Despite much uncertainty in the markets, I bought Jackson Hewitt Tax Service Inc (JTX) at $23.87 Friday. Jackson Hewitt Tax Service is a classic example of a good company in a solid business with great growth prospects currently trading at a discount.
Why is JTX trading at levels not seen since mid 2005, despite good year-over-year earnings growth? Three are four good reasons:
1. A Jackson Hewitt franchisee got into some hot water early last year for messing with the IRS by filing bogus tax returns. (However, the Justice Department law suit alleged misdoing by only 125 Jackson Hewitt franchised locations out of the almost 5,800 and it was settled with no payment from the company.)
2. The IRS decided to take a stab at the rebate anticipation loan business that Jackson Hewitt participates in and derives revenue from by referring their tax preparation clients to financial institutions that do the actual lending. (However, the IRS did not actually do anything to ban the practice, they have only announced that they may want to regulate these types of loans starting in 2009.)
3. The tax preparation business is very seasonal, so Jackson Hewitt (along with just about any other tax preparer) has two quarters of losses every year and their Q2 (last completed quarter of operations August - October 2007) is always the worst.
4. Market players are very nervous these days and tend to overreact to any news that could be perceived as negative.
So why is JTX a good buy at the current price?
Five big reasons reasons:
1. Death and taxes are two things that humans have tried to unsuccessfully avoid since time immemorial – and have always failed. US Congress has attempted to simplify tax code more than once, but have only made it more difficult every time. As a result most everyone in the US needs the help of tax software or tax people to get their taxes done.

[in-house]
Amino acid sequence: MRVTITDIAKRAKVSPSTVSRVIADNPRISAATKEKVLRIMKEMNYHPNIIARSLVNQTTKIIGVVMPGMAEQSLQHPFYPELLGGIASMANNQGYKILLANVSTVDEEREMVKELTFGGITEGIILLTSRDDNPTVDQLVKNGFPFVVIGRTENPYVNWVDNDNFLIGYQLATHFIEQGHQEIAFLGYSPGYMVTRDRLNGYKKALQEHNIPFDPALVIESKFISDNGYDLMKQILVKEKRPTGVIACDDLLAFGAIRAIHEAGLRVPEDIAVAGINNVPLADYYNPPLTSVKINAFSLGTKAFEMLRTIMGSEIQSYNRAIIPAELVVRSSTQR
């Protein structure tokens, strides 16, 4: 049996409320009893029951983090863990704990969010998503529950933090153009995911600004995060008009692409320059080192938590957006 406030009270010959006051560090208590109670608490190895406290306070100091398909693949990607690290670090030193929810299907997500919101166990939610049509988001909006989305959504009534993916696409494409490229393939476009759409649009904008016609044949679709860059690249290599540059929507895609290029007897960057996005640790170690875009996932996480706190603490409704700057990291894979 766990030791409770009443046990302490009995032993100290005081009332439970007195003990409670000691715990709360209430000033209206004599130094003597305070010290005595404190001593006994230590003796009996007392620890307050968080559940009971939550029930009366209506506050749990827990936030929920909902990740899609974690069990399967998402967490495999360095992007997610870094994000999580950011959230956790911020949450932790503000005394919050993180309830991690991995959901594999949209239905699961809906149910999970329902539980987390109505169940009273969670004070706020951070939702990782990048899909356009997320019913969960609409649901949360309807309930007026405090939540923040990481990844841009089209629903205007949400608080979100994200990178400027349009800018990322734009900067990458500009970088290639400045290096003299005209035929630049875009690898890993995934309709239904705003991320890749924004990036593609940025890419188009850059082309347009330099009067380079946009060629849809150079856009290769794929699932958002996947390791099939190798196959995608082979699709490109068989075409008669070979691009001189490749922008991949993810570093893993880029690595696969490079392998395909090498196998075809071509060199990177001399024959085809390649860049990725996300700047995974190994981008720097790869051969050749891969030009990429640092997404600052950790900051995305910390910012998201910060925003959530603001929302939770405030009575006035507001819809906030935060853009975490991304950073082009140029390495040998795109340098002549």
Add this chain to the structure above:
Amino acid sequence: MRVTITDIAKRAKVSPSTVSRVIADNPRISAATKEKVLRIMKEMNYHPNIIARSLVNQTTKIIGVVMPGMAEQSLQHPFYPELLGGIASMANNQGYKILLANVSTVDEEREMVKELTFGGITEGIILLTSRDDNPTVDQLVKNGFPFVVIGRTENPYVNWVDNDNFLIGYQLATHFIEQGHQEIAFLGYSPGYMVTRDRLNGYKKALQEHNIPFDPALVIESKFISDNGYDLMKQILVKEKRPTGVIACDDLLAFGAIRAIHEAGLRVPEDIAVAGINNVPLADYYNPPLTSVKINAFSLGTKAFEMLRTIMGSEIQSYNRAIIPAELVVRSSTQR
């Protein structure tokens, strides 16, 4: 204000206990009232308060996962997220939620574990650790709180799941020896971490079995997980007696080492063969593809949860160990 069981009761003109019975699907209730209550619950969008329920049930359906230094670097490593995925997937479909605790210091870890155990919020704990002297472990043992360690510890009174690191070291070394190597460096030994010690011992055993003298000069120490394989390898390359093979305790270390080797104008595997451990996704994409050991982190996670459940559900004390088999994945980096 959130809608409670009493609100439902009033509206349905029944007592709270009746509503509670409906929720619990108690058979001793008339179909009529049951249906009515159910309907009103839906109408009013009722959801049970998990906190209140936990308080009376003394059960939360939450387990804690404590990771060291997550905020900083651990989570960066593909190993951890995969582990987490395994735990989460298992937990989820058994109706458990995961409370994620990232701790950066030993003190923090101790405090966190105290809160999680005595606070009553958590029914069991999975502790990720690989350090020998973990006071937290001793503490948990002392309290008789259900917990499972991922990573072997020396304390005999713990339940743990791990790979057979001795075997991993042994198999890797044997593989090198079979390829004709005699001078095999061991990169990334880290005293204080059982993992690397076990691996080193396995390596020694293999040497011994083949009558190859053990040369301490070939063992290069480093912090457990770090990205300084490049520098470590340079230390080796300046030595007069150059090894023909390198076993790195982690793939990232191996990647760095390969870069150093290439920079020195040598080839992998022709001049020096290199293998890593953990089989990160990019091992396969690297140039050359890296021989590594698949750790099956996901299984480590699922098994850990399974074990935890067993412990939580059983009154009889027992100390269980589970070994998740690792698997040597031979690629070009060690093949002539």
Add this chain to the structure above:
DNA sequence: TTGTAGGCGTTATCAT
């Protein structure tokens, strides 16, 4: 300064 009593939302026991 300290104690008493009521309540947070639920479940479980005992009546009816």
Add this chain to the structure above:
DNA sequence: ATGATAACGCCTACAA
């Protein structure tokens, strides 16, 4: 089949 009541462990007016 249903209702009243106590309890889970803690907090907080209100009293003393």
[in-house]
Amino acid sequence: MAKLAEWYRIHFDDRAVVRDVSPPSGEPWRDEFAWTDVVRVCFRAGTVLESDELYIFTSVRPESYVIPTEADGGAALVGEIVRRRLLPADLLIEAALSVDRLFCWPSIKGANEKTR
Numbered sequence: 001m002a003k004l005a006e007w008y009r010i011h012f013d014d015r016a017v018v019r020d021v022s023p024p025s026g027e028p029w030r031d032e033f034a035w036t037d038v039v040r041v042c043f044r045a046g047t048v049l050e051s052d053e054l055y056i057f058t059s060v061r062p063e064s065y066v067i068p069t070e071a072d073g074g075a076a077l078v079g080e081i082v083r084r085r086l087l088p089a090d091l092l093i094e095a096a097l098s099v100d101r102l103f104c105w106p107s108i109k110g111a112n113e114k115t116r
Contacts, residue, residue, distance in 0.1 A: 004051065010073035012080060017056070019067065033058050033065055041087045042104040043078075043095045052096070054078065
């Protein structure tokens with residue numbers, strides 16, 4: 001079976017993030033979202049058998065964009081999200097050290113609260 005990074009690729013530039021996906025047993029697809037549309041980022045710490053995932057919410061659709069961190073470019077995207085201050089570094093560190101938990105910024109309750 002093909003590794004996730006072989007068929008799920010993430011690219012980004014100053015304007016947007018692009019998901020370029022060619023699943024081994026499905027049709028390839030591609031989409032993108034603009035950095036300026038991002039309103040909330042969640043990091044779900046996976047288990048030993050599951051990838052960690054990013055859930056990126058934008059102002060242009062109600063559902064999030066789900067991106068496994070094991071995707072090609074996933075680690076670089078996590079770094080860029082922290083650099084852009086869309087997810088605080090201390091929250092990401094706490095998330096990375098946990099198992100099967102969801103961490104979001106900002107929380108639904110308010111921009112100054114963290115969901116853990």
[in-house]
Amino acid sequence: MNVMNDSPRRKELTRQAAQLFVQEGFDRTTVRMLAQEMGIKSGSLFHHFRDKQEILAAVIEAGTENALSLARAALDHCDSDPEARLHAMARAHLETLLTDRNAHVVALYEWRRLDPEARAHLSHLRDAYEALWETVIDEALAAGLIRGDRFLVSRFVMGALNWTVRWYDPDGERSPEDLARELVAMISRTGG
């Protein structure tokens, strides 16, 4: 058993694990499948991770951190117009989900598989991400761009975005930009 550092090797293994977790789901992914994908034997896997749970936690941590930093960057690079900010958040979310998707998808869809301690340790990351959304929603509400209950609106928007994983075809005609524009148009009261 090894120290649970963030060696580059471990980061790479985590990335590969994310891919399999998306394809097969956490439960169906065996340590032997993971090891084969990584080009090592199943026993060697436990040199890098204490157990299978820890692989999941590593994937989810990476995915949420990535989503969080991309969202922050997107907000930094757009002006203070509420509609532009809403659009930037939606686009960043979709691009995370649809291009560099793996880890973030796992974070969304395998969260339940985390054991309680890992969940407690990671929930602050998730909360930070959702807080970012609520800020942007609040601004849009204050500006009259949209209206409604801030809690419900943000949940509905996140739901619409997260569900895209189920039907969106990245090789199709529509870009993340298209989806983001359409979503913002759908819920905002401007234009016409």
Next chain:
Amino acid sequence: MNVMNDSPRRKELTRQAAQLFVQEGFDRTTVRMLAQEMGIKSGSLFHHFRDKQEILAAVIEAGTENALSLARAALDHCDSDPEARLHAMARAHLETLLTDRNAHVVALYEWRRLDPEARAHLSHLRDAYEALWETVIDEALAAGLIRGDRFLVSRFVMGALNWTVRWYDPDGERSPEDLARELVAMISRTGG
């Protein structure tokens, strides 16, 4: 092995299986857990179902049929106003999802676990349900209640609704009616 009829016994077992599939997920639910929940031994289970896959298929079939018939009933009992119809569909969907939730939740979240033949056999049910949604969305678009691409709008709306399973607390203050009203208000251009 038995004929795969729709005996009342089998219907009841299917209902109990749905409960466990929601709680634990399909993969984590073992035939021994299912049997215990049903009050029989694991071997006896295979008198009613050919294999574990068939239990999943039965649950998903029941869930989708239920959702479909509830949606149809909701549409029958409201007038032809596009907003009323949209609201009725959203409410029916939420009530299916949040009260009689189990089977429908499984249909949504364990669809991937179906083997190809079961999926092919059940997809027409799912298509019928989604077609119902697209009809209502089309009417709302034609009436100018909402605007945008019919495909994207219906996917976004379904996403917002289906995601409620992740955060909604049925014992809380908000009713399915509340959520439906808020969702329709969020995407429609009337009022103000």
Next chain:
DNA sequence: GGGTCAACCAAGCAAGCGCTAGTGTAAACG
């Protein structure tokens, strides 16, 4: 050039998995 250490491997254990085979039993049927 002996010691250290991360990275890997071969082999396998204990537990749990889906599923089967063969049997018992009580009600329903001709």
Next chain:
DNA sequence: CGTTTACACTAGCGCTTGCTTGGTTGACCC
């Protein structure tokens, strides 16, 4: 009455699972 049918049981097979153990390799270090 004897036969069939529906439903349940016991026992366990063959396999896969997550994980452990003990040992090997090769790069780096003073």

2. The #1 tax preparer H&R Block (NYSE:HRB) is bidding for market share among do-it-yourselfers with a massive TV advertising campaign featuring their Tax Cut software “backed up by people." While Jackson Hewitt targets lower middle class filers by placing most of their small footprint office locations inside Wal-Mart stores and in walk / drive up strip malls, strategically chosen to be in working class neighborhoods. JTX customers are more likely to have simple tax returns that they would rather shell out $50 - $150 for somebody else to do, than attempt to figure out how to do it themselves, software or not. H&R Block ads only serve to remind them of the nearing tax deadline and prod potential Jackson Hewitt customers to get their taxes done next time they go shopping at Wal-Mart (NYSE:WMT) or grab a ½ gallon of milk at their neighborhood convenience store.
3. Jackson Hewitt has a great business model! The company gets revenue from the franchisees no matter what happens. Yet it spends considerably less on corporate advertising than H&R Block, relying on location to generate plenty of foot traffic. And there is no software and no associated expense for maintaining, updating and supporting it. Remember that H&R Block has several versions of online and off-line Federal tax software to support as well all the state programs. They compete with the likes of Quicken on the consumer high end, as well as with Tax Act on the low end, which gives away their Federal tax software for free. Not to mention that there is FreeFile for the $94 million filers who earn $54,000 or less.
4. Jackson Hewitt sticks to what they know (and they know it well) – taxes, unlike H&R Block, which wasted more precious resources on an unsuccessful attempt to expand into subprime lending.
5. While Jackson Hewitt is the second largest tax preparer in the U.S, it only has 4% of the market and is positioned well for growing that market with new filers, as well as at the expense of the many mom & pop shops that often close down as their owners retire. (Of course this last statement doesn’t apply to my cousin and his wife in Albany, New York who will grow their tax preparation business to compete with Jackson Hewitt before they retire!)
Disclosure: Author has a long position in JTX